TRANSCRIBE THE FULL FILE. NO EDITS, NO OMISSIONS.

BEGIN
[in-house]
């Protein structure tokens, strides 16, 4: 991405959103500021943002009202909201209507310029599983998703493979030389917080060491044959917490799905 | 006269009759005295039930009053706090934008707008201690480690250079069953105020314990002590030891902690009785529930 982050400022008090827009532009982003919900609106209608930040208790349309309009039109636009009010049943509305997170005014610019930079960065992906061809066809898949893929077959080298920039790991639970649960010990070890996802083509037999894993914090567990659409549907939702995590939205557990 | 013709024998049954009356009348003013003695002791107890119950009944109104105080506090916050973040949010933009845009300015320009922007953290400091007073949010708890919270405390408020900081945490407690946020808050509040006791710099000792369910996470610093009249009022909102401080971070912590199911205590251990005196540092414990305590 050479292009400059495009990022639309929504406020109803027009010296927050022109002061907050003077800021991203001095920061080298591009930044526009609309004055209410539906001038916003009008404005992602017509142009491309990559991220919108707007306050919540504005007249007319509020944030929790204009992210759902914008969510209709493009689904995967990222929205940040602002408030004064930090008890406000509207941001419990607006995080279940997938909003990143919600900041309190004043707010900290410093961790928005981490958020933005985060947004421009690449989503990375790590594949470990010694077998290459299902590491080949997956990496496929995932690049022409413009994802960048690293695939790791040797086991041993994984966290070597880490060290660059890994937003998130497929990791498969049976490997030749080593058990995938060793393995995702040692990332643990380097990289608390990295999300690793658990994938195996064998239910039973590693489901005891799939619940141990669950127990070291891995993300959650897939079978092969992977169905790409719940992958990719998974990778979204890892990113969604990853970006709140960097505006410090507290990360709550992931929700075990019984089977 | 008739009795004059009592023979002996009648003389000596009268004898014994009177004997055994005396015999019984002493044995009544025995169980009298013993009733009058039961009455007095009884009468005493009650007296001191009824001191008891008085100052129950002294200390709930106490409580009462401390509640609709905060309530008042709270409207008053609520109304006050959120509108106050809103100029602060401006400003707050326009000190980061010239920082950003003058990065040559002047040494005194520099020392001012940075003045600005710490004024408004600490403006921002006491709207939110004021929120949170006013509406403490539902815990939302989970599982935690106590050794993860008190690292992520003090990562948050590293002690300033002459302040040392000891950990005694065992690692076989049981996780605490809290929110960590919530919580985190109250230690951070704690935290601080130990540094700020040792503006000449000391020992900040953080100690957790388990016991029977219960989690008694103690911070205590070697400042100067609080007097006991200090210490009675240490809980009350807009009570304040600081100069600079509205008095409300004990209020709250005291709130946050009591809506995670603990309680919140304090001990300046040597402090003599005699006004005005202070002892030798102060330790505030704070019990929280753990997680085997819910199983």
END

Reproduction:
[in-house]
């Protein structure tokens, strides 16, 4: 991405959103500021943002009202909201209507310029599983998703493979030389917080060491044959917490799905 | 006269009759005295039930009053706090934008707008201690480690250079069953105020314990002590030891902690009785529930 982050400022008090827009532009982003919900609106209608930040208790349309309009039109636009009010049943509305997170005014610019930079960065992906061809066809898949893929077959080298920039790991639970649960010990070890996802083509037999894993914090567990659409549907939702995590939205557990 | 013709024998049954009356009348003013003695002791107890119950009944109104105080506090916050973040949010933009845009300015320009922007953290400091007073949010708890919270405390408020900081945490407690946020808050509040006791710099000792369910996470610093009249009022909102401080971070912590199911205590251990005196540092414990305590 050479292009400059495009990022639309929504406020109803027009010296927050022109002061907050003077800021991203001095920061080298591009930044526009609309004055209410539906001038916003009008404005992602017509142009491309990559991220919108707007306050919540504005007249007319509020944030929790204009992210759902914008969510209709493009689904995967990222929205940040602002408030004064930090008890406000509207941001419990607006995080279940997938909003990143919600900041309190004043707010900290410093961790928005981490958020933005985060947004421009690449989503990375790590594949470990010694077998290459299902590491080949997956990496496929995932690049022409413009994802960048690293695939790791040797086991041993994984966290070597880490060290660059890994937003998130497929990791498969049976490997030749080593058990995938060793393995995702040692990332643990380097990289608390990295999300690793658990994938195996064998239910039973590693489901005891799939619940141990669950127990070291891995993300959650897939079978092969992977169905790409719940992958990719998974990778979204890892990113969604990853970006709140960097505006410090507290990360709550992931929700075990019984089977 | 008739009795004059009592023979002996009648003389000596009268004898014994009177004997055994005396015999019984002493044995009544025995169980009298013993009733009058039961009455007095009884009468005493009650007296001191009824001191008891008085100052129950002294200390709930106490409580009462401390509640609709905060309530008042709270409207008053609520109304006050959120509108106050809103100029602060401006400003707050326009000190980061010239920082950003003058990065040559002047040494005194520099020392001012940075003045600005710490004024408004600490403006921002006491709207939110004021929120949170006013509406403490539902815990939302989970599982935690106590050794993860008190690292992520003090990562948050590293002690300033002459302040040392000891950990005694065992690692076989049981996780605490809290929110960590919530919580985190109250230690951070704690935290601080130990540094700020040792503006000449000391020992900040953080100690957790388990016991029977219960989690008694103690911070205590070697400042100067609080007097006991200090210490009675240490809980009350807009009570304040600081100069600079509205008095409300004990209020709250005291709130946050009591809506995670603990309680919140304090001990300046040597402090003599005699006004005005202070002892030798102060330790505030704070019990929280753990997680085997819910199983």